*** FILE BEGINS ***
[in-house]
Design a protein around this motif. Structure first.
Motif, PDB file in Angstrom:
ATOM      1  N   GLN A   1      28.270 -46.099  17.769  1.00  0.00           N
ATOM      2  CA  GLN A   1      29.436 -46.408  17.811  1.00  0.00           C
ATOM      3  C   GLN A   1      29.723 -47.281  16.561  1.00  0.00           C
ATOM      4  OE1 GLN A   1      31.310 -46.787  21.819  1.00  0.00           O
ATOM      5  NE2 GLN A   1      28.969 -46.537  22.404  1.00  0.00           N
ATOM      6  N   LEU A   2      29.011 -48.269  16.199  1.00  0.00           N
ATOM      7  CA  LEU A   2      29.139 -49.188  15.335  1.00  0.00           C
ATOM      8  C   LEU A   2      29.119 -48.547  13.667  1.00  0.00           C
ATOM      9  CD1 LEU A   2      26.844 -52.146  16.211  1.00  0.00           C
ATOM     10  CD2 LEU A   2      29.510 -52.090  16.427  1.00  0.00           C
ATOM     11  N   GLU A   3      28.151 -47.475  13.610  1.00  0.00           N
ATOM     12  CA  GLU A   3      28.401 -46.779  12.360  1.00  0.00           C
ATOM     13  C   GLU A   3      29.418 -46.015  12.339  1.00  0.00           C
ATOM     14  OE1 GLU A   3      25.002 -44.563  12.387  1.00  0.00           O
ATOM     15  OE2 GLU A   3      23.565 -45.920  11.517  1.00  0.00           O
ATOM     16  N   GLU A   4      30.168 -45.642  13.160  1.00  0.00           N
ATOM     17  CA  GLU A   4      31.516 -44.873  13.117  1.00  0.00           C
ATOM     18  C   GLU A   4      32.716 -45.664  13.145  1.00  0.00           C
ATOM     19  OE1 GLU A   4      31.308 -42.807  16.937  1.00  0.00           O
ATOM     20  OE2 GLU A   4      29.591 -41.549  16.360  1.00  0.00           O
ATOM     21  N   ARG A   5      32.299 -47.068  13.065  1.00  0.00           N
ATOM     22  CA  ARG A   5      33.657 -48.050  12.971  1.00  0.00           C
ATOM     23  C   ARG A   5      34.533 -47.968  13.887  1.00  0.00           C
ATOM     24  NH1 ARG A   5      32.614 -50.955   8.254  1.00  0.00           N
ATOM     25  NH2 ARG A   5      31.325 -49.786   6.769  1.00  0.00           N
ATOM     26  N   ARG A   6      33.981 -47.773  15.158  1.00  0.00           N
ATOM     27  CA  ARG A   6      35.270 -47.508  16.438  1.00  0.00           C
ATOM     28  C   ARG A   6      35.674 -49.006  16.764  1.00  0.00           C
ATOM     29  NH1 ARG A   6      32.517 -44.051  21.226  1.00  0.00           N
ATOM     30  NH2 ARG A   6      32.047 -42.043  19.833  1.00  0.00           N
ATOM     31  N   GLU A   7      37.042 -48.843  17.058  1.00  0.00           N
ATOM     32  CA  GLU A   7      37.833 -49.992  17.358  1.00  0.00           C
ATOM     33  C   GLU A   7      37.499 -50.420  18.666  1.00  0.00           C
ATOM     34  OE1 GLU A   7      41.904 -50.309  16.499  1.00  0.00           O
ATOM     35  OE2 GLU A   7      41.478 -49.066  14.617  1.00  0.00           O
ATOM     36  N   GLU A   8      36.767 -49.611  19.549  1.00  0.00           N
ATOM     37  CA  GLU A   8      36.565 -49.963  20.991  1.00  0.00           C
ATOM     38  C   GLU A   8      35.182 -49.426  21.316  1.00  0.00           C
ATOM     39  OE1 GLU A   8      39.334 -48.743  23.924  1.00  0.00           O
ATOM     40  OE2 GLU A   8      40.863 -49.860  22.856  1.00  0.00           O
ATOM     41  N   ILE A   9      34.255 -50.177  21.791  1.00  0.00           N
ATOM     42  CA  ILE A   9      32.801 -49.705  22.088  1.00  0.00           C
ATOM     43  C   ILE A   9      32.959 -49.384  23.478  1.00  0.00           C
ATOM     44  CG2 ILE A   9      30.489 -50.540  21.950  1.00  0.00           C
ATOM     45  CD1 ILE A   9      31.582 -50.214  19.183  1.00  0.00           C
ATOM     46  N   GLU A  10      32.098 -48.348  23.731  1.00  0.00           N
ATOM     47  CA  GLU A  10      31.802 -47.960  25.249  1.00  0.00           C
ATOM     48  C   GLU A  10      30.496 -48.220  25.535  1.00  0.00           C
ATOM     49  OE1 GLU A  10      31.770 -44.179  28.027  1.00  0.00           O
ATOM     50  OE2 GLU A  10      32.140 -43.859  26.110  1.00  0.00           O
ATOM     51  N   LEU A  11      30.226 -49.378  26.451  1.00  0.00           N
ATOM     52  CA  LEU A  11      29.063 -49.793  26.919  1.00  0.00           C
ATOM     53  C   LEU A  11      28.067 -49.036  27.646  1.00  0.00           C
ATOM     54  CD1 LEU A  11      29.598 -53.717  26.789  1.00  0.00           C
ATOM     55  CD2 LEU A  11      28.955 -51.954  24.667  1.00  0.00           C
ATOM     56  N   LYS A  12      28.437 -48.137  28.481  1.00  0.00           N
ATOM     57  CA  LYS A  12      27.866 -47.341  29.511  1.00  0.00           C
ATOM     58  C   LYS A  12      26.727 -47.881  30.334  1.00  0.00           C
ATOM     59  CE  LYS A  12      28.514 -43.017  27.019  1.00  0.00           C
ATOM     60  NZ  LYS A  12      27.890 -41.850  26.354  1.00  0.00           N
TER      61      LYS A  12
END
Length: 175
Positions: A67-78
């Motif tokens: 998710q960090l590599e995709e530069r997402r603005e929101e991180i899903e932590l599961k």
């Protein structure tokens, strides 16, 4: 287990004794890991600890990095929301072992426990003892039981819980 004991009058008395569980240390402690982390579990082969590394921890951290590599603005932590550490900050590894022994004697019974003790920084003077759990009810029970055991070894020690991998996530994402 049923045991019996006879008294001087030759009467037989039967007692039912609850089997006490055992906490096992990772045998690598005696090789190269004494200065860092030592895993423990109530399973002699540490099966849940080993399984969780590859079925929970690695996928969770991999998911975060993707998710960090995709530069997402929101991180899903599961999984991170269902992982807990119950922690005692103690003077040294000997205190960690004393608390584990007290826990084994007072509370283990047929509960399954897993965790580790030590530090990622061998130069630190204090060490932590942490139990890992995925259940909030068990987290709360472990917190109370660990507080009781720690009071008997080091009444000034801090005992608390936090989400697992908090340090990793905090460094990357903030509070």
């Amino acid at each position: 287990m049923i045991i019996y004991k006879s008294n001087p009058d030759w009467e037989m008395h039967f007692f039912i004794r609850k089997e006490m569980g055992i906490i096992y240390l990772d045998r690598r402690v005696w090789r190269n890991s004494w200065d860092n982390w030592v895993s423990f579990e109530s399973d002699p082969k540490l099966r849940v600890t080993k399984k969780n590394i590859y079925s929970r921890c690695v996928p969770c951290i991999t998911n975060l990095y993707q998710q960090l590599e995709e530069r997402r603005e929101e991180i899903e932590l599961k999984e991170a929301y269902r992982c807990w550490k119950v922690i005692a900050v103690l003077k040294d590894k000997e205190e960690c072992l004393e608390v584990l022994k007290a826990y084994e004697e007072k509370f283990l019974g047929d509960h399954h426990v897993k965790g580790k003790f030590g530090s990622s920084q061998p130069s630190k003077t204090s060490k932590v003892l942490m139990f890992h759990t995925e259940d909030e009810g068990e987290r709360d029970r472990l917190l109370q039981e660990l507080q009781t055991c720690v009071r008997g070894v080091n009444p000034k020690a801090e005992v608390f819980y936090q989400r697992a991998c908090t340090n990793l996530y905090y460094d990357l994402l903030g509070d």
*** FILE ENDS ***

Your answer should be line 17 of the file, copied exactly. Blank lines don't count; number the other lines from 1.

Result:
ATOM     14  OE1 GLU A   3      25.002 -44.563  12.387  1.00  0.00           O